As per the writer Steve Almond, “Plot is the mechanism by which your protagonist is forced up against her deepest fears and/or desires.” This would seem to match up with Sigmund Freud’s theory of human nature that we’re all governed by…our subconscious fears and desires. Implicit in Almond’s definition is the tenet that plot originates with character. A character does something because they want something, or because they are afraid of something, and that action causes consequences that snowball and constitute an arc of rising action, action that frequently rises due to the character’s reaction to those consequences.
Ballads are poems and/or songs that tell stories, and in such condensed arcs one can often discern the elements of plot at work. Harry Chapin’s 1974 classic “Cat’s in the Cradle” is a compact model of character-driven plot. The first verse describes the first person narrator’s son being born, but the narrator isn’t around when the baby takes his first steps because he’s always working to pay the bills. When the son learns to talk, he declares “I’m gonna be like you, Dad.”
In the second verse the son is approaching adolescence. His father has given him a ball and he wants to use it to play catch with his father, but the father declines because he is too busy. The son does not seem to begrudge his father’s slight, and still declares that he will be like him. One single exchange represents the dynamic of the son’s entire childhood.
In the third verse the son is now home from college, so manly that the father is proud of him and now wants to spend time with him, but now it’s the son who is too busy. He asks to borrow the father’s car keys, signifying his desire to leave and spend time with people who are not his father. He no longer makes the declaration of likeness to his father that he did in the first two verses. The keys are a heavily symbolic object: the father controls and imparts the means of the son’s escape from the family environment.
In the fourth and final verse the father is retired and the son is grown with a family of his own. The father calls the son and says he’d like to see him; the son says he’d like to, but his job and own son are keeping him too busy. Though he’s polite about it, the father realizes that the son is just like him.
As for the chorus, it is filled with images of young childhood:
And the cat’s in the cradle and the silver spoon
Little boy blue and the man in the moon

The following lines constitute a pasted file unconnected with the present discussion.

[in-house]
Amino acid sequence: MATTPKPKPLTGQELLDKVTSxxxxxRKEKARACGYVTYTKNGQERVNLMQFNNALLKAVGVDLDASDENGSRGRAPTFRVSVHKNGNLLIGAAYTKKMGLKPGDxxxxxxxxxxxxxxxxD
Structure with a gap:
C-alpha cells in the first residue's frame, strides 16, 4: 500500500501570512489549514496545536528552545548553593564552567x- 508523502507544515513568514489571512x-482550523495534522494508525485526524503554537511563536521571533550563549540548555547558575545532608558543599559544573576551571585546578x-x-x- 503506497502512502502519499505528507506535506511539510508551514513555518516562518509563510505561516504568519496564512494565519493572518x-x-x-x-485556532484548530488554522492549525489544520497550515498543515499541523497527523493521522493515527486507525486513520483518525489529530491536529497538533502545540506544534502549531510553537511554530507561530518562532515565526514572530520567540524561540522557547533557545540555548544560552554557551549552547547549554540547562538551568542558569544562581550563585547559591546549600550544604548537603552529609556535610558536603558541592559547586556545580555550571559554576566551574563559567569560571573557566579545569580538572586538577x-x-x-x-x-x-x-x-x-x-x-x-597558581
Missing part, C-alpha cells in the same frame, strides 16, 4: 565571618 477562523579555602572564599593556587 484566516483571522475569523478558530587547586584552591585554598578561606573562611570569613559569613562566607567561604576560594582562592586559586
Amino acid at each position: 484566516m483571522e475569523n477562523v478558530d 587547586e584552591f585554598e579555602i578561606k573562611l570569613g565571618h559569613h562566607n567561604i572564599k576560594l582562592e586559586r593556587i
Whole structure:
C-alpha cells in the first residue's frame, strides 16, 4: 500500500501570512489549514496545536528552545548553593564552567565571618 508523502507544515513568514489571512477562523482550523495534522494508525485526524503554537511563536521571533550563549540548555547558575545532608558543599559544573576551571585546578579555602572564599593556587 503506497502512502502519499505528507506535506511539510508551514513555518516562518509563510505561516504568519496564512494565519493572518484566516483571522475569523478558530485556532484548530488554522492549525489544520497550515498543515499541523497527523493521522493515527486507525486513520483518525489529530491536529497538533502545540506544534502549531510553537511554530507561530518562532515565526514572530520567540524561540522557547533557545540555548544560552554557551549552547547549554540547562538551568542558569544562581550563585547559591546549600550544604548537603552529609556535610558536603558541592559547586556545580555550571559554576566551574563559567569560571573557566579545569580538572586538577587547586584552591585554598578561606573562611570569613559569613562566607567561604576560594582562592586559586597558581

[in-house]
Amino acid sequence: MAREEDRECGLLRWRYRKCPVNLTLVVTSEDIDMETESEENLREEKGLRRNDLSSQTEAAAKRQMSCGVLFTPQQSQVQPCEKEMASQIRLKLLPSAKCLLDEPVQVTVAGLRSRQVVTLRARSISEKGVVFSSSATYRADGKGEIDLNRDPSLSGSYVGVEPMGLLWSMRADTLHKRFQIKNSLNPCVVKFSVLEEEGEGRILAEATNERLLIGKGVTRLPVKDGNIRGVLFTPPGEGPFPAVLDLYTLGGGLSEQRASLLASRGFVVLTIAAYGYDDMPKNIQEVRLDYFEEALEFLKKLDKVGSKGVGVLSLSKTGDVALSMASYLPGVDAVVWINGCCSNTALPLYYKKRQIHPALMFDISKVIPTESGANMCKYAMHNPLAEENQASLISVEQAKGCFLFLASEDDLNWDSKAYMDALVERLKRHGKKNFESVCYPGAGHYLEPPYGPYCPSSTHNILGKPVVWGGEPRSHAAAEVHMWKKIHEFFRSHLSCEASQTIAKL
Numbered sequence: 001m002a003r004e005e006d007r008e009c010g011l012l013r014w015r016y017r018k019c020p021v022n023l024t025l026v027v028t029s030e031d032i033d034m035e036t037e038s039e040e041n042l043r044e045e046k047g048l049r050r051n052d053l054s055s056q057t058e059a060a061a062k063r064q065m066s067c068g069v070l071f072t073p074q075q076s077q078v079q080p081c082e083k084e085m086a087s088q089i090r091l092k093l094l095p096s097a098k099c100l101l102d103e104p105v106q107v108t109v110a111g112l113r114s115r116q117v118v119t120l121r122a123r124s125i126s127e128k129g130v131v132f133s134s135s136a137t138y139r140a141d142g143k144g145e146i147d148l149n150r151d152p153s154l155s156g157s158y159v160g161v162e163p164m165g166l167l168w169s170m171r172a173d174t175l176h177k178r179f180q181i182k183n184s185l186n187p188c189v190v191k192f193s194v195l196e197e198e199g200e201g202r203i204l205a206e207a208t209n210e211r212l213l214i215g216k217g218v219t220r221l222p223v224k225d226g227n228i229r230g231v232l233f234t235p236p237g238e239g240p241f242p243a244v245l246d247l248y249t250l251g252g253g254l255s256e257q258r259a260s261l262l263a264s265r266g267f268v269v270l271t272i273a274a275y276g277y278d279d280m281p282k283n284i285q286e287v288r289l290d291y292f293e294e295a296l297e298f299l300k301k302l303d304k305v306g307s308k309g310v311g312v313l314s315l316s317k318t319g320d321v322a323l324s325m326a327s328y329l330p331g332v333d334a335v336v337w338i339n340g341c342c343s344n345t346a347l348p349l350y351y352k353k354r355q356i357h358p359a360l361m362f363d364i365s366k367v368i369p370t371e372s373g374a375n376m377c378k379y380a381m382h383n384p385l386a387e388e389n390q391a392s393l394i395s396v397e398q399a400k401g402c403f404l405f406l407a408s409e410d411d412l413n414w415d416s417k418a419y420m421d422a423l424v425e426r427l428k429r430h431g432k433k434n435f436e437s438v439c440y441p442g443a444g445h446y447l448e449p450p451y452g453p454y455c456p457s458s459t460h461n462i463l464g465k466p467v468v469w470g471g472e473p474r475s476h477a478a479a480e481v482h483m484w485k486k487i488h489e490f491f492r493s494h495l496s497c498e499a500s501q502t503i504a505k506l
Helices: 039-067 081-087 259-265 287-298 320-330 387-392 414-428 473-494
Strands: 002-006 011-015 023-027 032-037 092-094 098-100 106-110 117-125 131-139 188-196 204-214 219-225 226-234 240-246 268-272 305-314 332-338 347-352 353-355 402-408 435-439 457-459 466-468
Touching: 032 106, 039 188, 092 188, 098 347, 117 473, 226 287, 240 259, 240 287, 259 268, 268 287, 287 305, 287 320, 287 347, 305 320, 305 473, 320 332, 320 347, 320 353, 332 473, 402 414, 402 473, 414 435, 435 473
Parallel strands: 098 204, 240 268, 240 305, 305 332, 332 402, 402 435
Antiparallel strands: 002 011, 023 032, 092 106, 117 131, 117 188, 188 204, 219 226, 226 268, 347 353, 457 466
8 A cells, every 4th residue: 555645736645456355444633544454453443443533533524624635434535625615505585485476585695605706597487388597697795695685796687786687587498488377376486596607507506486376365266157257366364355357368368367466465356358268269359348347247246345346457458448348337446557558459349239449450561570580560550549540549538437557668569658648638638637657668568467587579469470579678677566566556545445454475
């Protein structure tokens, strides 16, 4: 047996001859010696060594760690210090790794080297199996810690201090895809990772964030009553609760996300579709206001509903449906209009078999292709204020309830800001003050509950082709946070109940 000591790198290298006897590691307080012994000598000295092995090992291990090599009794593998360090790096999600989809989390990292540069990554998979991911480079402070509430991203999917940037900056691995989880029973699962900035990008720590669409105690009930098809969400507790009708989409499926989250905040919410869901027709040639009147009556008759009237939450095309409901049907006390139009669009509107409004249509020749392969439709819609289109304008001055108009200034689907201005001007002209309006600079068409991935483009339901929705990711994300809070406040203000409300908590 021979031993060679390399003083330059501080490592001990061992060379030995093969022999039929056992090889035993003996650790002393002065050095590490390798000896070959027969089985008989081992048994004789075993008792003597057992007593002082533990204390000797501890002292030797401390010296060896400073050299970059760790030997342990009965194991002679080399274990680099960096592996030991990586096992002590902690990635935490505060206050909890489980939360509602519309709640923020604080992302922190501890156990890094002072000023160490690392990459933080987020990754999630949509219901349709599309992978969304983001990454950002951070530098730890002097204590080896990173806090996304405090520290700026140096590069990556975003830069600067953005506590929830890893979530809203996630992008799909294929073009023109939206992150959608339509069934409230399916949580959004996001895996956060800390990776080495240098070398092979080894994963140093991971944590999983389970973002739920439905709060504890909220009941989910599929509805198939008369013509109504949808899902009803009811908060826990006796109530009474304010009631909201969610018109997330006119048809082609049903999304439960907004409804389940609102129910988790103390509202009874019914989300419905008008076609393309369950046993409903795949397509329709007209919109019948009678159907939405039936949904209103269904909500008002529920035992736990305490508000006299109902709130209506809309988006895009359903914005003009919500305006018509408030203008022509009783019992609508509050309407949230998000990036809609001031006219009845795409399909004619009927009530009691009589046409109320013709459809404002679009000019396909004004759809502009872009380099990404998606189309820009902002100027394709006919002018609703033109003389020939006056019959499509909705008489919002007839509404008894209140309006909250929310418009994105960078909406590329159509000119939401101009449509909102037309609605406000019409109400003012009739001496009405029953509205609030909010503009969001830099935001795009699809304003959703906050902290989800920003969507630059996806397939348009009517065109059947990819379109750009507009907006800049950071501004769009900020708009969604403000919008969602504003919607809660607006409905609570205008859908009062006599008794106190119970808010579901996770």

When you coming home, dad?
I don’t know when
But we’ll get together then
You know we’ll have a good time then
Cat’s cradle is a child’s game played with string, while the “silver spoon” is a well-known symbol for being born into wealth; “Little boy blue” is from a nursery rhyme, as is “the man in the moon,” as well as something children sometimes read into the moon’s ridged features. The selection of images that represent a boy and a man respectively is no accident; the juxtaposition of these images in fact encapsulates the entire narrative arc, both of the boy born to the man and the boy becoming that man. The repetition of the promise that they’ll have a good time when they get together reinforces that that time is not going to come; each time the chorus is repeated, the falseness of the words rings a little more clearly. By song’s end they still have not gotten together and had that good time, and the emptiness of the promise is fully realized.
The leaps in time the song makes between verses not only allows the writer to get in the arc of practically an entire life, but reinforces the father’s absence–entire chunks of his son’s life have slipped by without him being there to see it. The gaps in the son’s life that we don’t see shows us what the father doesn’t see, and dramatizes the frequency with which his son registers on his radar–it only occurs to the father to check in with his son periodically. The song’s handling of time also reinforces the nature of memory; at the end, the listener can almost feel the father looking back over his son’s life and honing in on the moments from the previous verses. It is notable that every verse except the first one presents us with a scene, a specific moment in time, while the first is general exposition about the period after the son was born. The handling of time in that first verse sets us up for how the song will handle time: the son is born “just the other day,” but by the end of the verse has already learned to walk and talk. Time flies, as the rest of the song will show. It thus raises the question, what will you do with your time? What will you prioritize?